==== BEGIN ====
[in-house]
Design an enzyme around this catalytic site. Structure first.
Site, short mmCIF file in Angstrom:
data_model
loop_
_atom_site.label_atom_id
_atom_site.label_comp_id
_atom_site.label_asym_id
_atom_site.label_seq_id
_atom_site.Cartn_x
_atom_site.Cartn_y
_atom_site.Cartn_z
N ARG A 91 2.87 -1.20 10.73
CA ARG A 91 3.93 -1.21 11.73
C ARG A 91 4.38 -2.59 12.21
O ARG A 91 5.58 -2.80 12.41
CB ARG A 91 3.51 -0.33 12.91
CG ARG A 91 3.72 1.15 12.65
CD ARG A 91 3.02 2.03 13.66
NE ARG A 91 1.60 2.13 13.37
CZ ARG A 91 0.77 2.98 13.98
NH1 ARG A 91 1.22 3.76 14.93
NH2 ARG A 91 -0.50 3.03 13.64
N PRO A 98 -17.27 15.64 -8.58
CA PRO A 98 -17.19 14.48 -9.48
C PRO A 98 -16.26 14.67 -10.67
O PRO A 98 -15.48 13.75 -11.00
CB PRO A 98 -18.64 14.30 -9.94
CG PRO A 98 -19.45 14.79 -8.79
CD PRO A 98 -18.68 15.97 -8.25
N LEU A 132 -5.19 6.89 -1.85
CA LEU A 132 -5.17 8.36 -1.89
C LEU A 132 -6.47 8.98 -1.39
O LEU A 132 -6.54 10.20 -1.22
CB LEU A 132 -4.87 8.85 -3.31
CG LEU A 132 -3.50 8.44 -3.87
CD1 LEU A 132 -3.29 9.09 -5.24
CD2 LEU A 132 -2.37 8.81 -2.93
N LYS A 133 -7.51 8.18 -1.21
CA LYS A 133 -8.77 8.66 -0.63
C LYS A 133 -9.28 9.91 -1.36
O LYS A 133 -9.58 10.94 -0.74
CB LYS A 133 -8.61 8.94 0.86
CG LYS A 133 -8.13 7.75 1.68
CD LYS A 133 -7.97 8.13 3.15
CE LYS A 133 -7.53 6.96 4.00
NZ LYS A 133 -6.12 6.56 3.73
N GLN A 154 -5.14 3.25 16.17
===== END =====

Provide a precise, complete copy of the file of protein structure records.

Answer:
[in-house]
Design an enzyme around this catalytic site. Structure first.
Site, short mmCIF file in Angstrom:
data_model
loop_
_atom_site.label_atom_id
_atom_site.label_comp_id
_atom_site.label_asym_id
_atom_site.label_seq_id
_atom_site.Cartn_x
_atom_site.Cartn_y
_atom_site.Cartn_z
N ARG A 91 2.87 -1.20 10.73
CA ARG A 91 3.93 -1.21 11.73
C ARG A 91 4.38 -2.59 12.21
O ARG A 91 5.58 -2.80 12.41
CB ARG A 91 3.51 -0.33 12.91
CG ARG A 91 3.72 1.15 12.65
CD ARG A 91 3.02 2.03 13.66
NE ARG A 91 1.60 2.13 13.37
CZ ARG A 91 0.77 2.98 13.98
NH1 ARG A 91 1.22 3.76 14.93
NH2 ARG A 91 -0.50 3.03 13.64
N PRO A 98 -17.27 15.64 -8.58
CA PRO A 98 -17.19 14.48 -9.48
C PRO A 98 -16.26 14.67 -10.67
O PRO A 98 -15.48 13.75 -11.00
CB PRO A 98 -18.64 14.30 -9.94
CG PRO A 98 -19.45 14.79 -8.79
CD PRO A 98 -18.68 15.97 -8.25
N LEU A 132 -5.19 6.89 -1.85
CA LEU A 132 -5.17 8.36 -1.89
C LEU A 132 -6.47 8.98 -1.39
O LEU A 132 -6.54 10.20 -1.22
CB LEU A 132 -4.87 8.85 -3.31
CG LEU A 132 -3.50 8.44 -3.87
CD1 LEU A 132 -3.29 9.09 -5.24
CD2 LEU A 132 -2.37 8.81 -2.93
N LYS A 133 -7.51 8.18 -1.21
CA LYS A 133 -8.77 8.66 -0.63
C LYS A 133 -9.28 9.91 -1.36
O LYS A 133 -9.58 10.94 -0.74
CB LYS A 133 -8.61 8.94 0.86
CG LYS A 133 -8.13 7.75 1.68
CD LYS A 133 -7.97 8.13 3.15
CE LYS A 133 -7.53 6.96 4.00
NZ LYS A 133 -6.12 6.56 3.73
N GLN A 154 -5.14 3.25 16.17